“The cybersecurity market needs to open up because customers need to trust it”
The Russian invasion of Ukraine has changed world geopolitics and many companies’ fortunes. The international escalation between sanctions against Russia and bans imposed by the Moscow government on Western countries has particularly affected Russian companies operating outside national borders and those developing, implementing and selling Russian-related technologies.
Among the various companies that have come under the spotlight is Kaspersky, known worldwide as one of the most relevant companies dedicated to cybersecurity, with over 400 million users, 240,000 companies and a global turnover of $752 million in 2021. Already active in previous years with a transparency initiative regarding its operations, Kaspersky has since then set in motion a constant dialogue with the institutions of various European countries to demonstrate its independence from Russia. In Italy, as in France and Germany, many voices and even decrees were raised last March calling for Kaspersky’s products to be replaced with those of other companies due to the potential risk of malicious attacks facilitated by a company close to the Kremlin.
Kaspersky is a company with no ties to countries or governments
“The company was founded in 1997 and has been independent since its inception, under the ownership of founder and CEO Eugene Kaspersky and, with a minimal share, his ex-wife Natalya,” Cesare D’Angelo, General Manager Kaspersky Italy, who we met at the Transparency Center inaugurated at the end of September in Rome, tells 4i-Mag.
“The proof lies in what has been done during the first 25 years of the company’s life, which in 1998 moved its registered office to the UK, while in 2020 the transfer of data to servers in Zurich, our European hub where our customers’ data is kept, was completed. We are talking about cyber threat information because we do not process sensitive personal data’.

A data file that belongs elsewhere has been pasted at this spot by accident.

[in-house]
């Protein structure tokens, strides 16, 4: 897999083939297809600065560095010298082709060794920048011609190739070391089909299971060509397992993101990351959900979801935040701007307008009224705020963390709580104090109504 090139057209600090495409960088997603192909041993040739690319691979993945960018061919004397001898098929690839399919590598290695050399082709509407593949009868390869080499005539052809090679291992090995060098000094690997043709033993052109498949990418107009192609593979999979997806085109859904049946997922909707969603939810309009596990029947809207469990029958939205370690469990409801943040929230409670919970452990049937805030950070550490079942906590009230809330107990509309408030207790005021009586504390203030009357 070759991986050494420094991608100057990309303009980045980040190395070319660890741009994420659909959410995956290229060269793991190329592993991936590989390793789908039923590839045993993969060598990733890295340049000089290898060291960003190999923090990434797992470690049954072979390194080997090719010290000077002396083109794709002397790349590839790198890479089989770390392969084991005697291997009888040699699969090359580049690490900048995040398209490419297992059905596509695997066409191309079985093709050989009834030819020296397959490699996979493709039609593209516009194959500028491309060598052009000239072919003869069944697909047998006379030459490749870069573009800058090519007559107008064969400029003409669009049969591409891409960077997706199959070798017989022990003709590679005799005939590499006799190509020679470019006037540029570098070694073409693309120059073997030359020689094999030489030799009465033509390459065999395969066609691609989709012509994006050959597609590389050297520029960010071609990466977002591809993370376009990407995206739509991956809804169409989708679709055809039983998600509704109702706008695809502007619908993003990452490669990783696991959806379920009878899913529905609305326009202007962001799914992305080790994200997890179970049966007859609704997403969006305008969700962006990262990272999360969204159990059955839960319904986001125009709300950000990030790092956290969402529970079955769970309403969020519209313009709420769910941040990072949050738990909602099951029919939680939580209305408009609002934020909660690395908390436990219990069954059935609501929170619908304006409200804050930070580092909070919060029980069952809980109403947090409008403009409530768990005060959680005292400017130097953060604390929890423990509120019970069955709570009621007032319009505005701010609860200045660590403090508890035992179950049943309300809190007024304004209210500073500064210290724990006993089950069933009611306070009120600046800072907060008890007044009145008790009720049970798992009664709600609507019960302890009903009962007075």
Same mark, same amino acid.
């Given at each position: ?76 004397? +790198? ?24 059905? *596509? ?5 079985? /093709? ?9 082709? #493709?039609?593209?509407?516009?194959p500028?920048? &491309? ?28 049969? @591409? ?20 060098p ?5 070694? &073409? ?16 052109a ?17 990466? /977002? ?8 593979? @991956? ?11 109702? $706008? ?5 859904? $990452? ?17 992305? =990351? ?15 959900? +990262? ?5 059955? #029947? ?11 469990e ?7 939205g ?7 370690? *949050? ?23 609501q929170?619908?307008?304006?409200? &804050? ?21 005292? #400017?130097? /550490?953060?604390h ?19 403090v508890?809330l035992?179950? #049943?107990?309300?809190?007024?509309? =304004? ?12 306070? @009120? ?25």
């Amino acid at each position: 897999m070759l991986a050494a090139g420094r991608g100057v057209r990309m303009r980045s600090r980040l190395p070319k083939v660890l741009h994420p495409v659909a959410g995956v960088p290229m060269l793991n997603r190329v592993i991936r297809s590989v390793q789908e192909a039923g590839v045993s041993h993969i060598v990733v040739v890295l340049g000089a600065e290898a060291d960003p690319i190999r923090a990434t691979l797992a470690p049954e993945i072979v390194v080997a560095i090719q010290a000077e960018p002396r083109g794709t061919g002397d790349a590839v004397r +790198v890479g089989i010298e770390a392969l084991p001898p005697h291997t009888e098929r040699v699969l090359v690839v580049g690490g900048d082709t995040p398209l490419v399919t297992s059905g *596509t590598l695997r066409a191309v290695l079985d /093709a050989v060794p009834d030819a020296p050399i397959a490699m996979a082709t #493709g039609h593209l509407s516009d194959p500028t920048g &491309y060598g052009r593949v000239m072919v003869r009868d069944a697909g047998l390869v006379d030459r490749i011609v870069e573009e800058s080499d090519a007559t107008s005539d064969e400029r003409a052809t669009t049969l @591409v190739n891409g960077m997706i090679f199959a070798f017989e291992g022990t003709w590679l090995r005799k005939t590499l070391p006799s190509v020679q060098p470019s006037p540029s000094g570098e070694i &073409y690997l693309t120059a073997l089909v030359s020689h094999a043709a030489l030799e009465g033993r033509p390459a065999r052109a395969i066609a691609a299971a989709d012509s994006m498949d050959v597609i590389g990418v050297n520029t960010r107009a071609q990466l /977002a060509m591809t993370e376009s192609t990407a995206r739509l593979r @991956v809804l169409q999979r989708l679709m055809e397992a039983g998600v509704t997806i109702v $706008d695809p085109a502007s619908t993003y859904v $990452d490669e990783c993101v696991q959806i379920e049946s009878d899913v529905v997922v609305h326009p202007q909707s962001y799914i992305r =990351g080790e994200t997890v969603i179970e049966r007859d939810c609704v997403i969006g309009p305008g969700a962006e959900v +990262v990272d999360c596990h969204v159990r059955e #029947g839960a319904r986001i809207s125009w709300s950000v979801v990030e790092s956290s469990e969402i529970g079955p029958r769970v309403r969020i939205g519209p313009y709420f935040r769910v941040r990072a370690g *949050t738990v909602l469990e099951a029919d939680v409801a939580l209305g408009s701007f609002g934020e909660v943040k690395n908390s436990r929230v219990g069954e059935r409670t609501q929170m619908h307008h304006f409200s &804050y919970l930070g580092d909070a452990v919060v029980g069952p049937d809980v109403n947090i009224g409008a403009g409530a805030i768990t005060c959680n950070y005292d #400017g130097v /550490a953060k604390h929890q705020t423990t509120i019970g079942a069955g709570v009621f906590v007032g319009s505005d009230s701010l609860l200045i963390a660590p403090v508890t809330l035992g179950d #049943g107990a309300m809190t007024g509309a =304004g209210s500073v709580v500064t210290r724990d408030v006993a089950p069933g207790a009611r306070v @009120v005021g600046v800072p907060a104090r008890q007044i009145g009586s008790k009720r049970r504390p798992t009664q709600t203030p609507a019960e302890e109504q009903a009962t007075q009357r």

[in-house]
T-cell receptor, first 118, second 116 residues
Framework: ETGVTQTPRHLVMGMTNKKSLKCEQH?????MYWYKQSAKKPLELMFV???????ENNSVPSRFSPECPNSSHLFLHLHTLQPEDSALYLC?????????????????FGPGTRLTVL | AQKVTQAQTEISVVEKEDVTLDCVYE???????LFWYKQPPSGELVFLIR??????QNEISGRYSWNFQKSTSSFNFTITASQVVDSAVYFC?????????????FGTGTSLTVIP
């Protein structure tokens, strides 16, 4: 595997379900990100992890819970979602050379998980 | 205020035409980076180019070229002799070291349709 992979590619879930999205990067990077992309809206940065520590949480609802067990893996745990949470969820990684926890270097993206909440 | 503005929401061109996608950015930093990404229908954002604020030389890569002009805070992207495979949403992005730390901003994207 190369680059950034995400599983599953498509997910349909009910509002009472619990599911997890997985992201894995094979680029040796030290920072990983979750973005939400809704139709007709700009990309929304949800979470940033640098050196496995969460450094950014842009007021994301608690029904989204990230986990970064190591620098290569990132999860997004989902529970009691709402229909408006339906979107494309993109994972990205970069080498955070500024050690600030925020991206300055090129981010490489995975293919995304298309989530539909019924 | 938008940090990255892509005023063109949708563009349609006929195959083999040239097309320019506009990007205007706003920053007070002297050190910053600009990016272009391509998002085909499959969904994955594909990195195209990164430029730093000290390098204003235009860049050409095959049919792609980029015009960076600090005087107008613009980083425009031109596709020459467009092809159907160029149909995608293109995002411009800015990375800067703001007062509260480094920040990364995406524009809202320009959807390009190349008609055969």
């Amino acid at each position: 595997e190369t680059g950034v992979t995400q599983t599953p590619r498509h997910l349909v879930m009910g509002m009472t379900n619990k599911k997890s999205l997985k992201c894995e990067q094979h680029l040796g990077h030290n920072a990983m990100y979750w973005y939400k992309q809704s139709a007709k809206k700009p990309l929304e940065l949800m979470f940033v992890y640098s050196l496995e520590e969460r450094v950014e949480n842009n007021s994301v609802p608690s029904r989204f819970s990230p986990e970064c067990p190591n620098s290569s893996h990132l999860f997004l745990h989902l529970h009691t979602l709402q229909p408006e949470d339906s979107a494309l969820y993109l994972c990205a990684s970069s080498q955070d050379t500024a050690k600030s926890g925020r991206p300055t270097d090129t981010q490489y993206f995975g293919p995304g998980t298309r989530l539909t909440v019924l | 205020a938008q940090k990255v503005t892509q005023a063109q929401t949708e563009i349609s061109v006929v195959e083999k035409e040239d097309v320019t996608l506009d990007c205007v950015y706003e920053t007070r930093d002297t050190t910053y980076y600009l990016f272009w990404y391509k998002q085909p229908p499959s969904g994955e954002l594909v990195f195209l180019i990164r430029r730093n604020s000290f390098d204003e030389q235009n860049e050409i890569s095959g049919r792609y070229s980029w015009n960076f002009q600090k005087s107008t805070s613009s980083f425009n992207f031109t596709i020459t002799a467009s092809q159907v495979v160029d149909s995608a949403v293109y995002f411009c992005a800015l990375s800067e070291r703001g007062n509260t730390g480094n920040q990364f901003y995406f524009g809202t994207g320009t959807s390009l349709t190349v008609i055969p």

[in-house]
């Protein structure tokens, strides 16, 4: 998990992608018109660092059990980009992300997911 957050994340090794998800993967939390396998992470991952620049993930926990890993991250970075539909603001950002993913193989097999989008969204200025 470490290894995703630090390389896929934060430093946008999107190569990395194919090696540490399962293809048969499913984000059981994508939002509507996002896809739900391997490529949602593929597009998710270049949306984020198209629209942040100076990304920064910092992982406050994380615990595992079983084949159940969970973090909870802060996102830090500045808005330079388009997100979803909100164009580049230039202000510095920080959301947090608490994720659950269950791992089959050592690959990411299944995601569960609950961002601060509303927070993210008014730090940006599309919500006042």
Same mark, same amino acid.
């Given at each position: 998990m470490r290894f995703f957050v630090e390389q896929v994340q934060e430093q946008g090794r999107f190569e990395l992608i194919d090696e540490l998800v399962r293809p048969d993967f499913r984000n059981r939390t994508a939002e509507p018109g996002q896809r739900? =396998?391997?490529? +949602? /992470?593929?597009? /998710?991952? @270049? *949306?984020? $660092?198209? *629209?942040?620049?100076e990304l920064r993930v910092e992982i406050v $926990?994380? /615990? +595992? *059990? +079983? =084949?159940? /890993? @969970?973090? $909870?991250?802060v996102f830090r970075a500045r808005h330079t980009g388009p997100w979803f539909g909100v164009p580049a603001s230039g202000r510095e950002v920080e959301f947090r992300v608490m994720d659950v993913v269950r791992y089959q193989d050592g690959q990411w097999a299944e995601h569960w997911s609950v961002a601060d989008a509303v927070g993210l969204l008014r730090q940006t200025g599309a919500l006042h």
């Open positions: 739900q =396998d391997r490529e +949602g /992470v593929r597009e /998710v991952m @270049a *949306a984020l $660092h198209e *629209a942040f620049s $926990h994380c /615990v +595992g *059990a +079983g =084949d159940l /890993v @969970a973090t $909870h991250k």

One might think that it was precise because of the media pressure that Kaspersky initiated Operation Transparency, aimed at strengthening the dialogue with institutions, customers and partners in order to demonstrate how the company goes about writing software, updating, distributing and processing data.
In fact, the Global Transparency Initiative began in 2017, when the Trump administration feared that Kaspersky products allowed Russians to spy on Americans’ computers. Although never proven, the accusation was an opportunity to open up the company to improve trust and security towards its services. Thus were born the Transparency Centres, which today number nine scattered across Europe, Asia and the Americas: those in Rome and Utrecht joined the already active offices in Kuala Lumpur, Madrid, São Paulo, Singapore, Tokyo, Zurich and Woburn (in Massachusetts).
What did you do when the national cybersecurity agencies of various countries and the press put you in the spotlight, blaming the company’s dependence on Russia?
D’Angelo: Our priority was to continue to provide service to customers and, on the other hand, to communicate with the market and institutions because it is important to emphasise that no one has ever questioned the quality of our technology. On the other hand, everyone has made political choices about which we can do little. During the past few months, the SOC 2 and ISO 27001 certifications were renewed at the Transparency Center in Zurich, which testify to the correctness of data management processes and the integrity of updates and software parts against third-party tampering. This is a concrete response to the concerns raised by regulators.
Kaspersky was the first company to launch a transparency process in cybersecurity. What kind of benefits has it brought over time and in the face of the unpredictable geopolitical developments due to the Russia-Ukraine conflict?
D’Angelo: We are the only company in the cybersecurity sector that allows the source code of developed products to be inspected, a possibility granted to those who have the expertise to do so. This best practice is a source of pride and uniqueness since being transparent in dealing with such a sensitive and delicate subject puts us in a position to present ourselves to our customers in the best possible way. It is also thanks to this choice, in the difficult time that began last spring, that we have managed to keep many customers with us.